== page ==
Return to Arles

by John G. Morris
August 2006

Arles is the mother of all photography festivals. It was founded 37 years ago by photographer Lucien Clergue and two other Arlesiens. Lucien was recently elected to the Academy of Fine Arts at the Institut de France, the first photographer to be so honored.
In 1980 I went to Arles to project the work and the words of W. Eugene Smith. You could have heard a pin drop in the great old Roman amphitheater. After we moved to Paris in 1983, my wife Tana and I went to Arles almost every year, the last time in 2002 when the great Czech photographer Josef Koudelka took over the town. Thereafter, it seemed, Arles to me was overshadowed by the photojournalism festival at Perpignan called Visa Pour l’Image.

ARLES, FRANCE: First-day audiences at the 2006 Recontres d’Arles festival of photography look at the exhibition of photographs taken in North Korea by Phillipe Chancel.

Dirck Halstead

Continue reading “Return to Arles”

Robert Capa and Gerda Taro: love in a time of war

Capa and Taro lived, loved and died on the frontline, becoming the most famous war photographers of their time. As a new novel about them is published, the Guardian explores their real relationship

Portrait of Taro And Capa

Gerda Taro and and Robert Capa: reinvented themselves and war photography. Photograph: Fred Stein Archive/Getty Images
It begins with a photograph. In 1934 a struggling Hungarian photographer, Andr? Friedmann, living in exile in Paris, is commissioned to take publicity pictures for a Swiss life insurance company’s advertising brochure. On the lookout for potential models, he approaches a young Swiss refugee, Ruth Cerf, in a caf? on the Left Bank and convinces her to pose for him in a Montparnasse park.
Because she does not entirely trust the scruffy young charmer, Ruth brings along her friend Gerta Pohorylle, a petite redhead with a winning smile and a confident manner. So begins the most iconic relationship in the history of photography, and an intertwined and complex story of radical politics, bohemianism and bravery that, in the intervening years, has taken on the shadings of a modern myth. Continue reading “Robert Capa and Gerda Taro: love in a time of war”

The Mexican suitcase

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Trisha Ziff is a curator of photography and documentary film maker whose films, focus on the photographic image. A Guggenheim scholar, her exhibitions have been seen at major international museums including: Victoria & Albert Museum, London; California Museum of Photography, international Center for Photography New York and Centro de la Imagen Mexico City. Her exhibitions have looked at Mexican photography, the event of Bloody Sunday in Ireland, Hidden Truths and the famous image of Che Guevara, by Korda.

Message from Trisha:
My film, The Mexican Suitcase, is in DOCUWEEKS! This means that after screenings in New York and Los Angeles we’ll have accreditation giving us the possibility of being short listed for an Oscar nomination! Our film will be at the IFC cinemas in New York and Laemmle 5 in LA with the other DOCUWEEKS films.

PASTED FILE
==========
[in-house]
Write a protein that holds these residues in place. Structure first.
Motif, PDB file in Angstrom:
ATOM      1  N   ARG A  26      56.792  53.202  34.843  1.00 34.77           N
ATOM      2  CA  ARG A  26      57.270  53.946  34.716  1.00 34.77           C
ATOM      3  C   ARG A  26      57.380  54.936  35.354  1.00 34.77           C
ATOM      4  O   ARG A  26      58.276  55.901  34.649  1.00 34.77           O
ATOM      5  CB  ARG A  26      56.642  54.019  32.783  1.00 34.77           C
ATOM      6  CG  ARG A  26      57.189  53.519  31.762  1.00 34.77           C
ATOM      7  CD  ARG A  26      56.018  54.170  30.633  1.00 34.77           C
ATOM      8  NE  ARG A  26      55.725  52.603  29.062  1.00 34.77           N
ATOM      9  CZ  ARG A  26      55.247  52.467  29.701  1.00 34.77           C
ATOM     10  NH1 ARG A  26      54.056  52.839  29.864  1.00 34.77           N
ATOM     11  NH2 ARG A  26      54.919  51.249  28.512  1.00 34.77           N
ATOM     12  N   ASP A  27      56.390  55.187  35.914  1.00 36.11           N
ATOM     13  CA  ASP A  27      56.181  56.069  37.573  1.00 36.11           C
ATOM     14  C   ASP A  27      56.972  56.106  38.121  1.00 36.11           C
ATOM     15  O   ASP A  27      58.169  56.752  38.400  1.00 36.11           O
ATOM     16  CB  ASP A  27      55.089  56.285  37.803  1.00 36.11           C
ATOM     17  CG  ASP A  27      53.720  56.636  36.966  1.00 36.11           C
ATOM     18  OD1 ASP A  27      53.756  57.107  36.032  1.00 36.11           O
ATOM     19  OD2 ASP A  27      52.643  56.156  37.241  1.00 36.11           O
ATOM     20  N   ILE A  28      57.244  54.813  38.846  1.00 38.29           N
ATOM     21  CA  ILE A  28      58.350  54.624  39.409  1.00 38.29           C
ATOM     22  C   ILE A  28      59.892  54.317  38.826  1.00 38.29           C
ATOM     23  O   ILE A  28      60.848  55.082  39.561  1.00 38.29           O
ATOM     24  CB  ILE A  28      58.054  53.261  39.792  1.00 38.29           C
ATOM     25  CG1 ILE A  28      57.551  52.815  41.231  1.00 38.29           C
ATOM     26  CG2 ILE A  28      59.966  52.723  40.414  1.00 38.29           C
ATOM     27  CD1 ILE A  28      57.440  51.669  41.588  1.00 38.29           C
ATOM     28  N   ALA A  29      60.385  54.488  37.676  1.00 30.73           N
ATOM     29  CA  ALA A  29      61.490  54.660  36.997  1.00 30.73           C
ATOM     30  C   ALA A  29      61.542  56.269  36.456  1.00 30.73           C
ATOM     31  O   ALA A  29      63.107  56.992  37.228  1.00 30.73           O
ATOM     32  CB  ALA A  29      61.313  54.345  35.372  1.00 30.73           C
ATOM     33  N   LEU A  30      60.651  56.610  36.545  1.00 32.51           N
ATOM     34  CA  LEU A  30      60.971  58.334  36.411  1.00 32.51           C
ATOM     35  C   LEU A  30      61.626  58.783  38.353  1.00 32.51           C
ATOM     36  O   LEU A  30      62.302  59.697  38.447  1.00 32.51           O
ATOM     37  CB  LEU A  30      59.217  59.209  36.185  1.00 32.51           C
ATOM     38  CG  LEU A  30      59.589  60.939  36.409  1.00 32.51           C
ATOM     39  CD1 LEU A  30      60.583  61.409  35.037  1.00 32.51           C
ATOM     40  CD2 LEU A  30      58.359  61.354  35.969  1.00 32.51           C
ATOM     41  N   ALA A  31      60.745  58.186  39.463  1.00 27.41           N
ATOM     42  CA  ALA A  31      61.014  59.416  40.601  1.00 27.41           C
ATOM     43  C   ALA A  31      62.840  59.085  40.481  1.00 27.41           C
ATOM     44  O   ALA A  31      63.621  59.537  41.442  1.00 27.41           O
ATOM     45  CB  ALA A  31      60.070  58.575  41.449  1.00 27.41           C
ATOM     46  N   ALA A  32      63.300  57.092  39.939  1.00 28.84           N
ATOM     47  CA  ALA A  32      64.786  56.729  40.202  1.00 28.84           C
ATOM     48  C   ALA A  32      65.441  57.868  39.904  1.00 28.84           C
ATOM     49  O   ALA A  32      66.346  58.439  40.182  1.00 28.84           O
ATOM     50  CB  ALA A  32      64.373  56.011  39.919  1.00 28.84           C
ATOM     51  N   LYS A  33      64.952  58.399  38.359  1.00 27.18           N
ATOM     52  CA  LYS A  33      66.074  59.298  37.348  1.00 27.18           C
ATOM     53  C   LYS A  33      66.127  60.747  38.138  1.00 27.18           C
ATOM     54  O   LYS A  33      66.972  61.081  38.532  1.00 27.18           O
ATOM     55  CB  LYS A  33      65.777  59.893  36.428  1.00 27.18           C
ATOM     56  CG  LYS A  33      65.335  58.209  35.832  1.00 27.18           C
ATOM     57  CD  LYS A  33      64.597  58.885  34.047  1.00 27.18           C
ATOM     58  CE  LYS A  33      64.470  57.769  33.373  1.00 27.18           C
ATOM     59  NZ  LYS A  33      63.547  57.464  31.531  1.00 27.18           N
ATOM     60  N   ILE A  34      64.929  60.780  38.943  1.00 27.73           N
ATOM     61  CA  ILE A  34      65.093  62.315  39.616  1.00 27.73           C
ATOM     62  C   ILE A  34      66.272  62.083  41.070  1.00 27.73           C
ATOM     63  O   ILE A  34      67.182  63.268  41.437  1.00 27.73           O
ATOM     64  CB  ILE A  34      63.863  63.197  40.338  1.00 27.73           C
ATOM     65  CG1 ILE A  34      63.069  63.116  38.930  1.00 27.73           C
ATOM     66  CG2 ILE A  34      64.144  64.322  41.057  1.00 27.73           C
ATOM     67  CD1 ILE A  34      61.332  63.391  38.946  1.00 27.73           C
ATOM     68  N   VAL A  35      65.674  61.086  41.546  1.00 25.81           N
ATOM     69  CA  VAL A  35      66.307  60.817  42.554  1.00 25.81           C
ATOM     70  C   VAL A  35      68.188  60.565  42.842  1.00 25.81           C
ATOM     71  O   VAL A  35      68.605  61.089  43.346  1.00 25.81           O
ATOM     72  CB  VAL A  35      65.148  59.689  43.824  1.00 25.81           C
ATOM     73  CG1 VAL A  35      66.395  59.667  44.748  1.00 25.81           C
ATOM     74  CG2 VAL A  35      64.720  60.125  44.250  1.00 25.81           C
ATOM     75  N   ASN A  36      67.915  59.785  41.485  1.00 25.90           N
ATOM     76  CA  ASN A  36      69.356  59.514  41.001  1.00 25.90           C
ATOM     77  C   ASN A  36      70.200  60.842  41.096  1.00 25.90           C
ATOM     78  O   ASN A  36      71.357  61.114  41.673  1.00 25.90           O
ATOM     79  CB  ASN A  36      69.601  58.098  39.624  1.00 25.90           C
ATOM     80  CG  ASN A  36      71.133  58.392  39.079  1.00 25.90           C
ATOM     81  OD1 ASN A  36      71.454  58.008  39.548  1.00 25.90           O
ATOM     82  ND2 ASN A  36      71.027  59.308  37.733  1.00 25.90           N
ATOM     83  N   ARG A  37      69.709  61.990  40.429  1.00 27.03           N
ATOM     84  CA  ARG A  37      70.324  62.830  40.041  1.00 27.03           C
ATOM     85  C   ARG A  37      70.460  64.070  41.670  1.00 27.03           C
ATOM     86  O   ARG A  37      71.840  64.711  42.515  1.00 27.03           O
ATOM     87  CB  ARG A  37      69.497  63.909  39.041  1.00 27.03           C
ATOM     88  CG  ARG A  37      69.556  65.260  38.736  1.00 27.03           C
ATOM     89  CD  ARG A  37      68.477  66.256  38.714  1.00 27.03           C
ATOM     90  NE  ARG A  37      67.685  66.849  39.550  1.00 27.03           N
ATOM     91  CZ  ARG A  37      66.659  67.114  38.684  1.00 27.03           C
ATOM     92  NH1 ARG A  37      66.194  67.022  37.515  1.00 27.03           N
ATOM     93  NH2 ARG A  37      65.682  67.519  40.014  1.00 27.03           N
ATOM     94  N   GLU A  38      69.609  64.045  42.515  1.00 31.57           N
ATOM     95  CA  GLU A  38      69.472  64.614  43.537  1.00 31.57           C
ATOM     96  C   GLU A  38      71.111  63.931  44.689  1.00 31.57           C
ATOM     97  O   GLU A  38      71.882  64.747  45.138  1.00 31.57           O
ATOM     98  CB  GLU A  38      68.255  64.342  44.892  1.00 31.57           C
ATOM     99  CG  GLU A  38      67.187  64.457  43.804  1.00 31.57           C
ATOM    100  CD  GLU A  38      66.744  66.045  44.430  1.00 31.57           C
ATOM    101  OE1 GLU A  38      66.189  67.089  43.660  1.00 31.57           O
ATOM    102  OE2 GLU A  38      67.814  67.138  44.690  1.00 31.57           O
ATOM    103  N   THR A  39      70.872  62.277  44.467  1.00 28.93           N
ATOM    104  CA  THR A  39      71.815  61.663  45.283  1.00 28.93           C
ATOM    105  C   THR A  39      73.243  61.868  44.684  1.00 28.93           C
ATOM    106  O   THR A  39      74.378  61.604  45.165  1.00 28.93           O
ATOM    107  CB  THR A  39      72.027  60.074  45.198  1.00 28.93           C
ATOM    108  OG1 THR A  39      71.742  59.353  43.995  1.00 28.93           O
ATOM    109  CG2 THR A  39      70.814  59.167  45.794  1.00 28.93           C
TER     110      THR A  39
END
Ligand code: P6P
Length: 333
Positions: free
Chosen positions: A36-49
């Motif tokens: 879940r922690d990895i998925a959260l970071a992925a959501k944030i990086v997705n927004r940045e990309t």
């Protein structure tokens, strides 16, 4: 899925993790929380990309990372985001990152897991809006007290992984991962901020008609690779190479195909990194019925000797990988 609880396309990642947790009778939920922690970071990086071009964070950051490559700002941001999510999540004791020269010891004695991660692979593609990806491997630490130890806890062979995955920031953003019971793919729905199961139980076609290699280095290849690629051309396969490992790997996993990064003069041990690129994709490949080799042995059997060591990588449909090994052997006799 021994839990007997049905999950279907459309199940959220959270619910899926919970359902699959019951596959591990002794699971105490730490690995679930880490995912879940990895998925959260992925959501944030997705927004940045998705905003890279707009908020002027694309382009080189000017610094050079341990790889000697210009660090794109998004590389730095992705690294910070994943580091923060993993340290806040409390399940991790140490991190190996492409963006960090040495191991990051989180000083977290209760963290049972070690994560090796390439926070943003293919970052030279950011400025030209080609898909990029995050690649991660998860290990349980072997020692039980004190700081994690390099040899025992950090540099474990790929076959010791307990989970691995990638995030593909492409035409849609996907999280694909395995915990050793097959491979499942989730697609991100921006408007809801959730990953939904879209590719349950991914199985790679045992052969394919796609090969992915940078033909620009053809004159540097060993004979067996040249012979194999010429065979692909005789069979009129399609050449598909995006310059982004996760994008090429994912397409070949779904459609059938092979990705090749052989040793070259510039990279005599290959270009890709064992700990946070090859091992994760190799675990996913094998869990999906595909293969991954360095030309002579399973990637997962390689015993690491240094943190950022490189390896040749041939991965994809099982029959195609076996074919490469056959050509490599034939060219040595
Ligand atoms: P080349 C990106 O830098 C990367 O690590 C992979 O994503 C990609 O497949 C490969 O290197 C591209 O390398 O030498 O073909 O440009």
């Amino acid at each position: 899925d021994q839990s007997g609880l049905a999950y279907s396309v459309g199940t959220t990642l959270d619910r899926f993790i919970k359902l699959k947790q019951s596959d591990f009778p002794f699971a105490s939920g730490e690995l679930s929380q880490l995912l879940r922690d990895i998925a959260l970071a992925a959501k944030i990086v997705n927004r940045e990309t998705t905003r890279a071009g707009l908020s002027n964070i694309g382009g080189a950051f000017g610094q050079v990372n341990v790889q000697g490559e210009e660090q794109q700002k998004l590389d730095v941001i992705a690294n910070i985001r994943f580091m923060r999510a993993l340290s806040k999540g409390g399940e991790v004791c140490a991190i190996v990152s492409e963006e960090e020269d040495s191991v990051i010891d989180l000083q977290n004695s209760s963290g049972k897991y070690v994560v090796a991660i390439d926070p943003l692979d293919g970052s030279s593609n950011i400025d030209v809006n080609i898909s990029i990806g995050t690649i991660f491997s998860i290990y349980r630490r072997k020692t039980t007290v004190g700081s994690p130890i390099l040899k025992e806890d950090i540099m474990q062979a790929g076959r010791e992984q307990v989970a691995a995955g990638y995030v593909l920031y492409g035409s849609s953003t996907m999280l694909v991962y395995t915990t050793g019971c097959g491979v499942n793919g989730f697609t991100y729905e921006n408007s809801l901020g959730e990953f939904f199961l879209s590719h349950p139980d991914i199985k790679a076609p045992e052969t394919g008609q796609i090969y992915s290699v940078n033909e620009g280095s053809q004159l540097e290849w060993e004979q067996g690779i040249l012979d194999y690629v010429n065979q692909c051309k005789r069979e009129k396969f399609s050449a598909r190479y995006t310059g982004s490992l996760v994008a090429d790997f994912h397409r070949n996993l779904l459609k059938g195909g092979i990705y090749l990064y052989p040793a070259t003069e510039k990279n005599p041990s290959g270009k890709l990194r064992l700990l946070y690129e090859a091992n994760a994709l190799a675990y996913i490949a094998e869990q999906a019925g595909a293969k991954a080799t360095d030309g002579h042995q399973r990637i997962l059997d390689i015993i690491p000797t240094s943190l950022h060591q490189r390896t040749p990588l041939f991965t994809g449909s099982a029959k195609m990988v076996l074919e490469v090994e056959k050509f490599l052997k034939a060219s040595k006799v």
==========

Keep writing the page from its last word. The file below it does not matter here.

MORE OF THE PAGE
The Mexican Suitcase is a 90 minute feature documentary that tells the extraordinary story of the recovery of 4,500 negatives taken by photographers Robert Capa, Gerda Taro and David Seymour during the Spanish Civil War, with an extraordinary score by composer, Michael Nyman. The film reveals the story of the journey of these lost negatives from France to Mexico. I became involved in the story early on and was able to recover the negatives for the families of the photographers and personally returned them to their estates in New York. The story was on the front page of newspapers the world over… Finally, I was able to secure the rights to make this film and three years later, here it is!! The film is getting recognition, being seen at festivals as Karlovy Vary, San Sebastian, Morelia FF, LALIFF,DOCMIAMI and Dubai FF and we are still waiting to hear from many others.
DOCUWEEKS is unique. It gives us this incredible opportunity for an Oscar nomination run. However, to do this we need to raise the necessary funds. This is where you come in! Friends of our film.
DOCUWEEKS is expensive. We have had to pay our percentage of participipating, make a trailer, poster, postcards and hire a publicist! it all adds up to $45,000. We have received some initial donations and generous in-kind support too but we still need to raise a further $20,000. Every dollar helps!
The Mexican Suitcase, is a film about photography. Pictures taken by photographers who would become icons of the twentieth century – They photographed with a Leica and changed the way we saw war. All three would die while documenting wars. The Mexican Suitcase tells their story. It is is also a film about the power of memory. It’s a great story and asks… Who owns our histories? Why does the past matter today?
Funds raised by Kickstarter will be used only to help the film with DOCUWEEKS in Los Angeles and New York. As a result of these 2 week screenings, The Mexican Suitcase will qualify for academy consideration. Help us please to reach our goal and take this opportunity to the next level so we can be shortlisted for Oscar nomination.
Trisha Ziff – Director.